“I felt…cold,” she said. “Like I wasn’t alone.”
“So you’ve seen her,” the night clerk chuckled.
“Don’t you know the old Jones place is haunted?” she shivered.
“Something awful happened in the barn, and they didn’t want it haunting the ranch,” he warned.
We have all felt it, or at least thought we have. Some may have seen it, or heard it, or dreamt it. But the reality is that our reality is punctuated with the untouchable, the unseeable, and the unexplainable.
I have photographed this bleak outpost in the openness of Wyoming more times than I can count, often from the same angle, but with different lenses, different weather, different techniques and different light. Yet the building remains the foundation of all the images, the solidity of thought within my eidetic soul. What might be if I swayed from this spot? This place? This commitment?
I find the concept of spreading activation, or the involuntary triggering of complex memory, a uniquely fascinating concept; one element brings all.
I have known many who could not purge the visual past from the present. In fact, many we know exhibit such cognitive intransigence, those moments and minutes which seem locked in their omnipresent consciousness, and the flickers of memory mixed with constructions of torment seem as real as the day they were hatched.
It is always a daunting, emotional exercise beginning a new project, and this one began in the spring of 2013 as I began to explore the human conception–and illusion–of memory. That’s a big project, and a complex one to boot, since memory is both tough to define as well as difficult to understand. In a nutshell, it boils down to this: What is reality, and what is perception? Or are they the same thing?
I hesitate to explain the philosophy behind the Recollections show, but here’s a hint: Alfred Schutz, the prominent social philosopher, notes that social experiences are constructed and shared by members of a culture. What those realities reveal presents a clue into the phenomena that underlie the very realities which they inspired.
The Recollections project is about memory: how it is formed, the illusions within, and its temporal existence. What are our memories?
The goal: To make us question the very nature of our own “reality.” In that reality, how sharp is our own version of our past, and of others’ pasts?
In September 2013—while I was in SoHo for a show opening—the Nebraska Arts Council notified me I had been awarded one of the eight shows the council grants in their gallery (the Fred Simon in Omaha’s Old Market). It is a great honor, and like the last time I opened a major show, I now will begin releasing images a few months before in order to give my online audience a sneak peak of the pieces. As a disclaimer, the digital images that will appear here are nothing like the physical pieces that will show in the Fred Simon Gallery, but to find out what those differences are, you’ll need to attend.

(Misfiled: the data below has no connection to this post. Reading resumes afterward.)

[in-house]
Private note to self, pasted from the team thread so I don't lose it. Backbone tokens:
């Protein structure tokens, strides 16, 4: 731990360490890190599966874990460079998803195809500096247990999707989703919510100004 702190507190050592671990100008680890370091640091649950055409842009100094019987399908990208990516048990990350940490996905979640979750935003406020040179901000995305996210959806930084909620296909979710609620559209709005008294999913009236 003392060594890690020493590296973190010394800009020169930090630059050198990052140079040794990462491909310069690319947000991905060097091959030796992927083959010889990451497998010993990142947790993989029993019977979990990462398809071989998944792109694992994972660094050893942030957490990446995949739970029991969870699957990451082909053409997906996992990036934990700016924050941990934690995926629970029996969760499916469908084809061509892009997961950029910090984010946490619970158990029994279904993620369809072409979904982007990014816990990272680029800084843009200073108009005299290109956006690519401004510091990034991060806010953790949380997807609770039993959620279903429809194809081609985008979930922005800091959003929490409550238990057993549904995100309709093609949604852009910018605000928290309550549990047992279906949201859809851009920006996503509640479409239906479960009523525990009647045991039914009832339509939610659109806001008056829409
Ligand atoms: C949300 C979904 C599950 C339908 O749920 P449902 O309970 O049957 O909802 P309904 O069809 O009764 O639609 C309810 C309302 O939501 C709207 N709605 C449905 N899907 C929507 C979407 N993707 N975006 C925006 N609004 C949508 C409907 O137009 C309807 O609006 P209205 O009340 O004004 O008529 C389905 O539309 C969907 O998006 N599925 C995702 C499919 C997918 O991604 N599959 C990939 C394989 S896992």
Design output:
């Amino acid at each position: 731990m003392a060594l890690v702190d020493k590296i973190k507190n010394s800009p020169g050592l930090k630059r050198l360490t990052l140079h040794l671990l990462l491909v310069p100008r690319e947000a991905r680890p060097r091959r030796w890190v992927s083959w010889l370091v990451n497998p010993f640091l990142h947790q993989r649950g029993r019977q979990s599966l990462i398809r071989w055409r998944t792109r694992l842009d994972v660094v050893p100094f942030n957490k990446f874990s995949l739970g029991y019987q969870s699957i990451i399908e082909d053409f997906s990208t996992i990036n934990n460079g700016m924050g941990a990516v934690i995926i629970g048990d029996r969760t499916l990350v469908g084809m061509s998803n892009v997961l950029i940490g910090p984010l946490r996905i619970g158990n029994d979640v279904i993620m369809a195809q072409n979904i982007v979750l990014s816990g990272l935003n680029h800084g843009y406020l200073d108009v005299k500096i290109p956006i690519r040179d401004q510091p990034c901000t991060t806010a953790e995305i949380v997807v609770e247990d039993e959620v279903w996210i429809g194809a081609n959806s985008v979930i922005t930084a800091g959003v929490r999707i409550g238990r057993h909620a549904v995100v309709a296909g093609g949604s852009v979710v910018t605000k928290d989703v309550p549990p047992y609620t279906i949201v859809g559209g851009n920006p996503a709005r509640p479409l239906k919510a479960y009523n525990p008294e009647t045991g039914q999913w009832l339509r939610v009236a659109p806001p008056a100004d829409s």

And thus, here is the first image in my new series, “Recollections.” If you’re interested in the meanings and themes in the images I’ve been exploring, just comment below, and we’ll start a conversation.
Moonrise, Mesa Arch
Some prints just want to be difficult. This is one.
I made this image after four years of planning: a full moon at perigee and rising as close to the end of the blue hour as possible; an arch in Canyonlands National Park or Arches National Park which provided a miles-long and layered view toward the Lasal Mountains in the distance. Oh, and clear weather and a January night. No big deal, right? Except it happens only once every eight or nine years with all the elements in order.
And yet, everything came together on January 16, 2014. The moon. The stars. The snow. And the arch.
But such an image is very, very difficult to master, and I spent months–MONTHS–fighting with its substantial dynamic range and challenging colors. Why the problem? The arch is red, and to show its natural color, needs a white balance temperature of 7000 Kelvin at night. The stars? 4000 Kelvin. And that was just the start.
But nearly a year later and after a lost grand prize in a show (for a failed version of the print), I reached my breaking point. “Trash it, reshoot it, or figure it out,” said I.
So I trashed it and started over. And figured it out.
And so here is Moonrise, Mesa Arch, an edition of 50. I hope you find it inspiring, for I certainly did while shooting it.
Aspens, Chaffee County
This stand of aspens and I have had conversations for most of my life, literally. From before moments I remember, I have passed by, passed through, and passed among these trees, and I feel their breath; there is a communion between us.
It is a relationship beyond words, but within the capability of image.